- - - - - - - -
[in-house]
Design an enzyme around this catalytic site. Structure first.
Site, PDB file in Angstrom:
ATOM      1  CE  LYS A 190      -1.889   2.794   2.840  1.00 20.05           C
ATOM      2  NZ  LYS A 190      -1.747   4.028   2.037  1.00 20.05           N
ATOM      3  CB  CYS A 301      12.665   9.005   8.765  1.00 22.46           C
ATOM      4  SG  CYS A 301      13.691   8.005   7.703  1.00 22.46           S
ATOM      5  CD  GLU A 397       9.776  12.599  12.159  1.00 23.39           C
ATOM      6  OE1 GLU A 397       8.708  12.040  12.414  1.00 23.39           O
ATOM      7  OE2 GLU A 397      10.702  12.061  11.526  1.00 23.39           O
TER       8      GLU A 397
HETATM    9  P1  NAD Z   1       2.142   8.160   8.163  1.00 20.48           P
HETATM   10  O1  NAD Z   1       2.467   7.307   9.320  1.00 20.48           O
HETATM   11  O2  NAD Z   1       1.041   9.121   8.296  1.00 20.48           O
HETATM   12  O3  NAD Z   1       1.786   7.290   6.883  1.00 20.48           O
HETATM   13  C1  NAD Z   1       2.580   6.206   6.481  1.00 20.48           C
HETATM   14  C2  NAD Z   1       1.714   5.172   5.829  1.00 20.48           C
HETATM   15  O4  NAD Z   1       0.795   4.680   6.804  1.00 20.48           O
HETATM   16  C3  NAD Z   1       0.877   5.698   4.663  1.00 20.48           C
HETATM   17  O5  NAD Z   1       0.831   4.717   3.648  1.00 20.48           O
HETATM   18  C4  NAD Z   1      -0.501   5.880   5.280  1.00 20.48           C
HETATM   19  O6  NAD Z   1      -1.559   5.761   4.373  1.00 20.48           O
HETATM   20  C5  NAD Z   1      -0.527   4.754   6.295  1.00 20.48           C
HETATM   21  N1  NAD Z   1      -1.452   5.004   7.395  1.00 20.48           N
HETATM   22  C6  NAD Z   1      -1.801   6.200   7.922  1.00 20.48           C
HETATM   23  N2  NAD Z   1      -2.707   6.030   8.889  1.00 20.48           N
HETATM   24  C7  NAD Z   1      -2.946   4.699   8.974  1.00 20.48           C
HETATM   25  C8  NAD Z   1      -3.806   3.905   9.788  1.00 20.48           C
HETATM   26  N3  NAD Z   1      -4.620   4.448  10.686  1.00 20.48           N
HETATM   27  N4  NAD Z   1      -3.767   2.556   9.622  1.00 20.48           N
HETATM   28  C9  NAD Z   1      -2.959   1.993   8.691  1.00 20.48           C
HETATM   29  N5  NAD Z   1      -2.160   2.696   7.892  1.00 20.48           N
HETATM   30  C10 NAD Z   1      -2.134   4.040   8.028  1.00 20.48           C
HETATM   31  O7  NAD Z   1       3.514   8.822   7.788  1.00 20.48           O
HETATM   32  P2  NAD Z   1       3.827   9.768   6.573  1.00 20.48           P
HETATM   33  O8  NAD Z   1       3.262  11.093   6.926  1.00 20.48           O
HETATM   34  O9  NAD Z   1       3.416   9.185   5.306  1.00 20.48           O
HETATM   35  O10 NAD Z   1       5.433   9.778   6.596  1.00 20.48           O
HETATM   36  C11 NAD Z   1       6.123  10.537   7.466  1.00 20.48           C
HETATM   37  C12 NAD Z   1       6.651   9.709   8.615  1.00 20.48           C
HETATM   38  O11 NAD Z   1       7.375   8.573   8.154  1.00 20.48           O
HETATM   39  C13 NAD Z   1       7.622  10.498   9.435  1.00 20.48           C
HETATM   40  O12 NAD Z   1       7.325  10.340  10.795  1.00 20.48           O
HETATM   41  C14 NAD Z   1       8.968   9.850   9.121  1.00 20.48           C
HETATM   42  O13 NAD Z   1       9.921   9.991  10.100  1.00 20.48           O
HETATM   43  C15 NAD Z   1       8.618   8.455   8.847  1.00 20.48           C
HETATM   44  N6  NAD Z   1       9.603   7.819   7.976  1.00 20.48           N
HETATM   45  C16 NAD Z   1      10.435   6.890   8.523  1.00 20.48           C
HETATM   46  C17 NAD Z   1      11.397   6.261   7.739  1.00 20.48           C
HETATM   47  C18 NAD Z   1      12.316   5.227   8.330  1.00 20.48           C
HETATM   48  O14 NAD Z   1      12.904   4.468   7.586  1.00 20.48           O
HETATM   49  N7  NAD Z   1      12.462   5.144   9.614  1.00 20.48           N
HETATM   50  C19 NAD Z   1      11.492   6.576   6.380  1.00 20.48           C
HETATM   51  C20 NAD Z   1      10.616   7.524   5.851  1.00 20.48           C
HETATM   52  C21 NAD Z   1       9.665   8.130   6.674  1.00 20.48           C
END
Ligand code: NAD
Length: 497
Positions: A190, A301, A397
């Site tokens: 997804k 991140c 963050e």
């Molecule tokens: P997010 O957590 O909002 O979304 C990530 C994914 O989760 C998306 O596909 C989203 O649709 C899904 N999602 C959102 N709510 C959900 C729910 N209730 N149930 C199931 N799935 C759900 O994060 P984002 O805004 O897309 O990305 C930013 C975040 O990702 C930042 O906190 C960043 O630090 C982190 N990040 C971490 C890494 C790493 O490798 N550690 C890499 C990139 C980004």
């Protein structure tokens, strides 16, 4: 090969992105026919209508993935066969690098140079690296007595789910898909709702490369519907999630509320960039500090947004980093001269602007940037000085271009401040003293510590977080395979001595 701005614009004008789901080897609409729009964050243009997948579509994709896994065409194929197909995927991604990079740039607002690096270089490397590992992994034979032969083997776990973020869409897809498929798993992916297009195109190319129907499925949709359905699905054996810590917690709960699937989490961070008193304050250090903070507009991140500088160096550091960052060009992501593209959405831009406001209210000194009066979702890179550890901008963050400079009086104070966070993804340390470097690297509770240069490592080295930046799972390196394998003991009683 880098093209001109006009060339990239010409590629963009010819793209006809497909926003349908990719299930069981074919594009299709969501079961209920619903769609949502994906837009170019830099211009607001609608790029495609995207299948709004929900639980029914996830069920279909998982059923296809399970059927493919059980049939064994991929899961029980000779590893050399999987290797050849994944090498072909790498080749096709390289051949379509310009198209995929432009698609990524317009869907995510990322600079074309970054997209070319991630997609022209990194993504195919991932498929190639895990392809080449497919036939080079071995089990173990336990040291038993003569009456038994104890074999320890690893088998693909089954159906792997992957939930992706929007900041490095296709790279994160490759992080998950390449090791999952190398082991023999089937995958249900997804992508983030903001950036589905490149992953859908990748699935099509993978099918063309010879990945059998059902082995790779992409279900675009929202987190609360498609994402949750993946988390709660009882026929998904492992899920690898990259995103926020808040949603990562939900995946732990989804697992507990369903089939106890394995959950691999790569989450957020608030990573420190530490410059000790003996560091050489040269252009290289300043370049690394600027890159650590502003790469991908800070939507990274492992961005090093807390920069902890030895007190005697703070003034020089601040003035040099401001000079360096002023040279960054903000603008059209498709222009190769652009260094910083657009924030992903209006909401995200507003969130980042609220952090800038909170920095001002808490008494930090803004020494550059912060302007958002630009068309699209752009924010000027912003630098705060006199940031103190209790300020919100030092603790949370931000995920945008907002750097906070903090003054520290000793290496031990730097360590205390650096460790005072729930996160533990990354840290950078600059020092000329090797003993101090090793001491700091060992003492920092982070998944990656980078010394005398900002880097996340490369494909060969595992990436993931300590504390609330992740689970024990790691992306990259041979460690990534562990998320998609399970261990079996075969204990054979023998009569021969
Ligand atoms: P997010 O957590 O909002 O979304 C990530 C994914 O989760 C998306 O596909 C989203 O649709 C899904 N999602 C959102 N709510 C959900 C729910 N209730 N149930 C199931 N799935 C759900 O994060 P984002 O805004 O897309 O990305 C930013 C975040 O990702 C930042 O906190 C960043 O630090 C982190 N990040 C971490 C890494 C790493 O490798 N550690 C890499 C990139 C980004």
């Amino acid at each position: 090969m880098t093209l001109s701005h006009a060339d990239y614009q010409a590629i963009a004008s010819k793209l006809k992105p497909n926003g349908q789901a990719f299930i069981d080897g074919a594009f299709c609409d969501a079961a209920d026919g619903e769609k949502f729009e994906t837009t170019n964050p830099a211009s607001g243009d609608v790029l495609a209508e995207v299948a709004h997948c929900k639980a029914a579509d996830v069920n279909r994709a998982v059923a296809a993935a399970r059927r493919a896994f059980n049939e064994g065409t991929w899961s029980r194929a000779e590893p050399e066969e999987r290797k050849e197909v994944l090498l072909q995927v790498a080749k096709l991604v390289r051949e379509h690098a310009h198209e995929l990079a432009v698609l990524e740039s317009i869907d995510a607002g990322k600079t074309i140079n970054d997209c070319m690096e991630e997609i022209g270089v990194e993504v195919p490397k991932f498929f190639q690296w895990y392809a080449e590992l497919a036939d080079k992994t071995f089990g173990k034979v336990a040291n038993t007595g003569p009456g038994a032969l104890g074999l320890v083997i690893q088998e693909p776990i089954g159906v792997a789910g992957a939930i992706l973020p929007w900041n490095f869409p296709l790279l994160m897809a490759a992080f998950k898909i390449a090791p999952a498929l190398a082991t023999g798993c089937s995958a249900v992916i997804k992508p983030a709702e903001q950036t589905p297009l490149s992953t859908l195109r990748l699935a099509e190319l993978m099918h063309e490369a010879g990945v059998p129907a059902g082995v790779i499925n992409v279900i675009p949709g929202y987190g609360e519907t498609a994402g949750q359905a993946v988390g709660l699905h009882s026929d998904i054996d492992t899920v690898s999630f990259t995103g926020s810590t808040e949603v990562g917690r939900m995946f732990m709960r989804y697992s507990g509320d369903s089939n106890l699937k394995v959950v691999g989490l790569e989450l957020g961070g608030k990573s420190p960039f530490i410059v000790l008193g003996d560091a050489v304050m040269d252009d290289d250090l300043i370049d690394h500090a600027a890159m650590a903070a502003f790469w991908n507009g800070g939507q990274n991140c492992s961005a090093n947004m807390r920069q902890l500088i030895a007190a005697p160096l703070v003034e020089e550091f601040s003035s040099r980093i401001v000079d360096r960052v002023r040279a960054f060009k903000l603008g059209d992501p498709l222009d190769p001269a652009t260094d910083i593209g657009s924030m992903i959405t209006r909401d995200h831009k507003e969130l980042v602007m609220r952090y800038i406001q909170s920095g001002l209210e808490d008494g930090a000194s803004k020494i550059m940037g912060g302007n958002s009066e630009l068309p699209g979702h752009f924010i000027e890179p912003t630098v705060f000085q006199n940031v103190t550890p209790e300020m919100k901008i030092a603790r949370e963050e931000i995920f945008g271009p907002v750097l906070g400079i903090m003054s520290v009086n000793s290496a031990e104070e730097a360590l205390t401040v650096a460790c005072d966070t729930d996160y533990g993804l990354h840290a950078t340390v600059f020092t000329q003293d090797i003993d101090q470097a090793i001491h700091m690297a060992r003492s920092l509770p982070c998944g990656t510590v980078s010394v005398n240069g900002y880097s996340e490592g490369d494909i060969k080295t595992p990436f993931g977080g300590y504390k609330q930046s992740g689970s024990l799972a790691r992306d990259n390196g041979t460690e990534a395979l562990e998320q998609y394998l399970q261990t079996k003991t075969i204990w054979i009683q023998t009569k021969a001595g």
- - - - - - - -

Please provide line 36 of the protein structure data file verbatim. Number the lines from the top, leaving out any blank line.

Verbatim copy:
HETATM   33  O8  NAD Z   1       3.262  11.093   6.926  1.00 20.48           O